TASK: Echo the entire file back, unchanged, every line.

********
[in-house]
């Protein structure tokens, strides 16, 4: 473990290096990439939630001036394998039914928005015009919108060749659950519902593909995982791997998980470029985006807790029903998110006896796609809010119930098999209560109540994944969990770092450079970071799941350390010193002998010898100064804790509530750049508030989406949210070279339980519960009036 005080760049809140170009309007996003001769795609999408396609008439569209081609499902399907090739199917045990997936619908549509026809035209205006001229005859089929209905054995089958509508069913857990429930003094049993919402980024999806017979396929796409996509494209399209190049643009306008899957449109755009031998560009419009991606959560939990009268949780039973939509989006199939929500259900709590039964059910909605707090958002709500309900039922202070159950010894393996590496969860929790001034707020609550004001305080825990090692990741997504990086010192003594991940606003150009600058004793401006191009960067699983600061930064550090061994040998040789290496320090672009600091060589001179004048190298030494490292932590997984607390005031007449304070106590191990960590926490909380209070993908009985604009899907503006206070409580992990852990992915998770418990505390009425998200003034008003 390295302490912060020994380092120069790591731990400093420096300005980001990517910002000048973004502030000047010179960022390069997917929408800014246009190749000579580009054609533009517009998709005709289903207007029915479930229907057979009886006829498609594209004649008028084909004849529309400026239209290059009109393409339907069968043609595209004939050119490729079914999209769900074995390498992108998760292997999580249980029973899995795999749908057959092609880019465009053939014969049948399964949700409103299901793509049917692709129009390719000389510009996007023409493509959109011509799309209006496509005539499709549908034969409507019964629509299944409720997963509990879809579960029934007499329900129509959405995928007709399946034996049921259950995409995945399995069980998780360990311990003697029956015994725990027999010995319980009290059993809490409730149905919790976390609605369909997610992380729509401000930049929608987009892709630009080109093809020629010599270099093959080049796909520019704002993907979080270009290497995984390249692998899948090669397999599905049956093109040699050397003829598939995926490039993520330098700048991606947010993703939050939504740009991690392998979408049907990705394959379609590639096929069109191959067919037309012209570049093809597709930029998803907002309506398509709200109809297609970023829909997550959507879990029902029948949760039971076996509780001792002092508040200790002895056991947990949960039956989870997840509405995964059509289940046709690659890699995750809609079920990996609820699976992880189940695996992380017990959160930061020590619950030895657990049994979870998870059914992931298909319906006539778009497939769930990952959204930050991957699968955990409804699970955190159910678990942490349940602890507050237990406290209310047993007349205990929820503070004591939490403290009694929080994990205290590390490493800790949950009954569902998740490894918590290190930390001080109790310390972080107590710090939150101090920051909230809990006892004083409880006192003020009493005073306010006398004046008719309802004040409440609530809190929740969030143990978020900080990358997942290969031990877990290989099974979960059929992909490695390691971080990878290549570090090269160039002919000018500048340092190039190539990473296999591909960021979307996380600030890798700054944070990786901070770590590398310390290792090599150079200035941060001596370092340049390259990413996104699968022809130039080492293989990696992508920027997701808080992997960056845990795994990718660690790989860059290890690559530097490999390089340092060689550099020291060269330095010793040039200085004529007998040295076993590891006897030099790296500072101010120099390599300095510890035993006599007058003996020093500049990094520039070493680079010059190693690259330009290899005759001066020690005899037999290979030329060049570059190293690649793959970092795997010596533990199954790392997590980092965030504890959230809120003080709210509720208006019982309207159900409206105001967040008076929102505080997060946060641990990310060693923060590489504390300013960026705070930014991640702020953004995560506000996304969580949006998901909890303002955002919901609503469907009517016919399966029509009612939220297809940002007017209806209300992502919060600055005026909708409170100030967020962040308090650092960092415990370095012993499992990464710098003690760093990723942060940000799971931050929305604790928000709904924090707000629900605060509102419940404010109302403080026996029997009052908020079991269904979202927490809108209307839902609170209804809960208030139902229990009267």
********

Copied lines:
[in-house]
């Protein structure tokens, strides 16, 4: 473990290096990439939630001036394998039914928005015009919108060749659950519902593909995982791997998980470029985006807790029903998110006896796609809010119930098999209560109540994944969990770092450079970071799941350390010193002998010898100064804790509530750049508030989406949210070279339980519960009036 005080760049809140170009309007996003001769795609999408396609008439569209081609499902399907090739199917045990997936619908549509026809035209205006001229005859089929209905054995089958509508069913857990429930003094049993919402980024999806017979396929796409996509494209399209190049643009306008899957449109755009031998560009419009991606959560939990009268949780039973939509989006199939929500259900709590039964059910909605707090958002709500309900039922202070159950010894393996590496969860929790001034707020609550004001305080825990090692990741997504990086010192003594991940606003150009600058004793401006191009960067699983600061930064550090061994040998040789290496320090672009600091060589001179004048190298030494490292932590997984607390005031007449304070106590191990960590926490909380209070993908009985604009899907503006206070409580992990852990992915998770418990505390009425998200003034008003 390295302490912060020994380092120069790591731990400093420096300005980001990517910002000048973004502030000047010179960022390069997917929408800014246009190749000579580009054609533009517009998709005709289903207007029915479930229907057979009886006829498609594209004649008028084909004849529309400026239209290059009109393409339907069968043609595209004939050119490729079914999209769900074995390498992108998760292997999580249980029973899995795999749908057959092609880019465009053939014969049948399964949700409103299901793509049917692709129009390719000389510009996007023409493509959109011509799309209006496509005539499709549908034969409507019964629509299944409720997963509990879809579960029934007499329900129509959405995928007709399946034996049921259950995409995945399995069980998780360990311990003697029956015994725990027999010995319980009290059993809490409730149905919790976390609605369909997610992380729509401000930049929608987009892709630009080109093809020629010599270099093959080049796909520019704002993907979080270009290497995984390249692998899948090669397999599905049956093109040699050397003829598939995926490039993520330098700048991606947010993703939050939504740009991690392998979408049907990705394959379609590639096929069109191959067919037309012209570049093809597709930029998803907002309506398509709200109809297609970023829909997550959507879990029902029948949760039971076996509780001792002092508040200790002895056991947990949960039956989870997840509405995964059509289940046709690659890699995750809609079920990996609820699976992880189940695996992380017990959160930061020590619950030895657990049994979870998870059914992931298909319906006539778009497939769930990952959204930050991957699968955990409804699970955190159910678990942490349940602890507050237990406290209310047993007349205990929820503070004591939490403290009694929080994990205290590390490493800790949950009954569902998740490894918590290190930390001080109790310390972080107590710090939150101090920051909230809990006892004083409880006192003020009493005073306010006398004046008719309802004040409440609530809190929740969030143990978020900080990358997942290969031990877990290989099974979960059929992909490695390691971080990878290549570090090269160039002919000018500048340092190039190539990473296999591909960021979307996380600030890798700054944070990786901070770590590398310390290792090599150079200035941060001596370092340049390259990413996104699968022809130039080492293989990696992508920027997701808080992997960056845990795994990718660690790989860059290890690559530097490999390089340092060689550099020291060269330095010793040039200085004529007998040295076993590891006897030099790296500072101010120099390599300095510890035993006599007058003996020093500049990094520039070493680079010059190693690259330009290899005759001066020690005899037999290979030329060049570059190293690649793959970092795997010596533990199954790392997590980092965030504890959230809120003080709210509720208006019982309207159900409206105001967040008076929102505080997060946060641990990310060693923060590489504390300013960026705070930014991640702020953004995560506000996304969580949006998901909890303002955002919901609503469907009517016919399966029509009612939220297809940002007017209806209300992502919060600055005026909708409170100030967020962040308090650092960092415990370095012993499992990464710098003690760093990723942060940000799971931050929305604790928000709904924090707000629900605060509102419940404010109302403080026996029997009052908020079991269904979202927490809108209307839902609170209804809960208030139902229990009267």